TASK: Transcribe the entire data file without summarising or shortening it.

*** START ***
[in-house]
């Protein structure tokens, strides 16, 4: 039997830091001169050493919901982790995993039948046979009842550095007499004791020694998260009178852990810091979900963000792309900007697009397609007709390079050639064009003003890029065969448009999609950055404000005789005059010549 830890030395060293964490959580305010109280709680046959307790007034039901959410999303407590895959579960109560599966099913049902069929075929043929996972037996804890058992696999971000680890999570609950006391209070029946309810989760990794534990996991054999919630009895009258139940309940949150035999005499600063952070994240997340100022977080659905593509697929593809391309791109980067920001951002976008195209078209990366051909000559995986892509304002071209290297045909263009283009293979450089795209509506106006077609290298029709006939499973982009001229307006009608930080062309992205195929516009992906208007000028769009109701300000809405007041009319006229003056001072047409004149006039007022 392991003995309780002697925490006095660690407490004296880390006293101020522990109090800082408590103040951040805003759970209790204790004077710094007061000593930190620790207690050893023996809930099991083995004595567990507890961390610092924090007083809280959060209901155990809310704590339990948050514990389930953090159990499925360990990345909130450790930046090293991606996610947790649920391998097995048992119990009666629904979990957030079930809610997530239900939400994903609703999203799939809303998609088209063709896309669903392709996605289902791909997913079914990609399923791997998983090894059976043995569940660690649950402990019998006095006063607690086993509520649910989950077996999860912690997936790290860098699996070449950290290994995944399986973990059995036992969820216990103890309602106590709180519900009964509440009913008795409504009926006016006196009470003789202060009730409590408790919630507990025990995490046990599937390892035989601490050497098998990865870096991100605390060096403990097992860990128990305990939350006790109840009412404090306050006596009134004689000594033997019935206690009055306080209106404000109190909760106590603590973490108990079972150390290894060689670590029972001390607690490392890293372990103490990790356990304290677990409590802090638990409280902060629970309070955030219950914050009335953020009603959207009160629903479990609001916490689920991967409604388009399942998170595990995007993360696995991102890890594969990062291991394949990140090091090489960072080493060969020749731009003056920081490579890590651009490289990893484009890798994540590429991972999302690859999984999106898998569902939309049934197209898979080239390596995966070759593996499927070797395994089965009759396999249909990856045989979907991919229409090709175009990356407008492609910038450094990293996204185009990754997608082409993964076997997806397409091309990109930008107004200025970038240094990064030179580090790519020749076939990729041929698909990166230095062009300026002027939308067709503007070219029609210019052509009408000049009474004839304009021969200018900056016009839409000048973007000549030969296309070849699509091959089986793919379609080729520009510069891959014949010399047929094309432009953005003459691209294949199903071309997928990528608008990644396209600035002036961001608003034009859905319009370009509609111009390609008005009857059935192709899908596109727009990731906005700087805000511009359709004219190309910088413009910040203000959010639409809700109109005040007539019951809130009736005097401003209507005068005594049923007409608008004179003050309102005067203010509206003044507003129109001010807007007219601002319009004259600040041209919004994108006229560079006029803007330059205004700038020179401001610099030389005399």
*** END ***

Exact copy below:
[in-house]
């Protein structure tokens, strides 16, 4: 039997830091001169050493919901982790995993039948046979009842550095007499004791020694998260009178852990810091979900963000792309900007697009397609007709390079050639064009003003890029065969448009999609950055404000005789005059010549 830890030395060293964490959580305010109280709680046959307790007034039901959410999303407590895959579960109560599966099913049902069929075929043929996972037996804890058992696999971000680890999570609950006391209070029946309810989760990794534990996991054999919630009895009258139940309940949150035999005499600063952070994240997340100022977080659905593509697929593809391309791109980067920001951002976008195209078209990366051909000559995986892509304002071209290297045909263009283009293979450089795209509506106006077609290298029709006939499973982009001229307006009608930080062309992205195929516009992906208007000028769009109701300000809405007041009319006229003056001072047409004149006039007022 392991003995309780002697925490006095660690407490004296880390006293101020522990109090800082408590103040951040805003759970209790204790004077710094007061000593930190620790207690050893023996809930099991083995004595567990507890961390610092924090007083809280959060209901155990809310704590339990948050514990389930953090159990499925360990990345909130450790930046090293991606996610947790649920391998097995048992119990009666629904979990957030079930809610997530239900939400994903609703999203799939809303998609088209063709896309669903392709996605289902791909997913079914990609399923791997998983090894059976043995569940660690649950402990019998006095006063607690086993509520649910989950077996999860912690997936790290860098699996070449950290290994995944399986973990059995036992969820216990103890309602106590709180519900009964509440009913008795409504009926006016006196009470003789202060009730409590408790919630507990025990995490046990599937390892035989601490050497098998990865870096991100605390060096403990097992860990128990305990939350006790109840009412404090306050006596009134004689000594033997019935206690009055306080209106404000109190909760106590603590973490108990079972150390290894060689670590029972001390607690490392890293372990103490990790356990304290677990409590802090638990409280902060629970309070955030219950914050009335953020009603959207009160629903479990609001916490689920991967409604388009399942998170595990995007993360696995991102890890594969990062291991394949990140090091090489960072080493060969020749731009003056920081490579890590651009490289990893484009890798994540590429991972999302690859999984999106898998569902939309049934197209898979080239390596995966070759593996499927070797395994089965009759396999249909990856045989979907991919229409090709175009990356407008492609910038450094990293996204185009990754997608082409993964076997997806397409091309990109930008107004200025970038240094990064030179580090790519020749076939990729041929698909990166230095062009300026002027939308067709503007070219029609210019052509009408000049009474004839304009021969200018900056016009839409000048973007000549030969296309070849699509091959089986793919379609080729520009510069891959014949010399047929094309432009953005003459691209294949199903071309997928990528608008990644396209600035002036961001608003034009859905319009370009509609111009390609008005009857059935192709899908596109727009990731906005700087805000511009359709004219190309910088413009910040203000959010639409809700109109005040007539019951809130009736005097401003209507005068005594049923007409608008004179003050309102005067203010509206003044507003129109001010807007007219601002319009004259600040041209919004994108006229560079006029803007330059205004700038020179401001610099030389005399």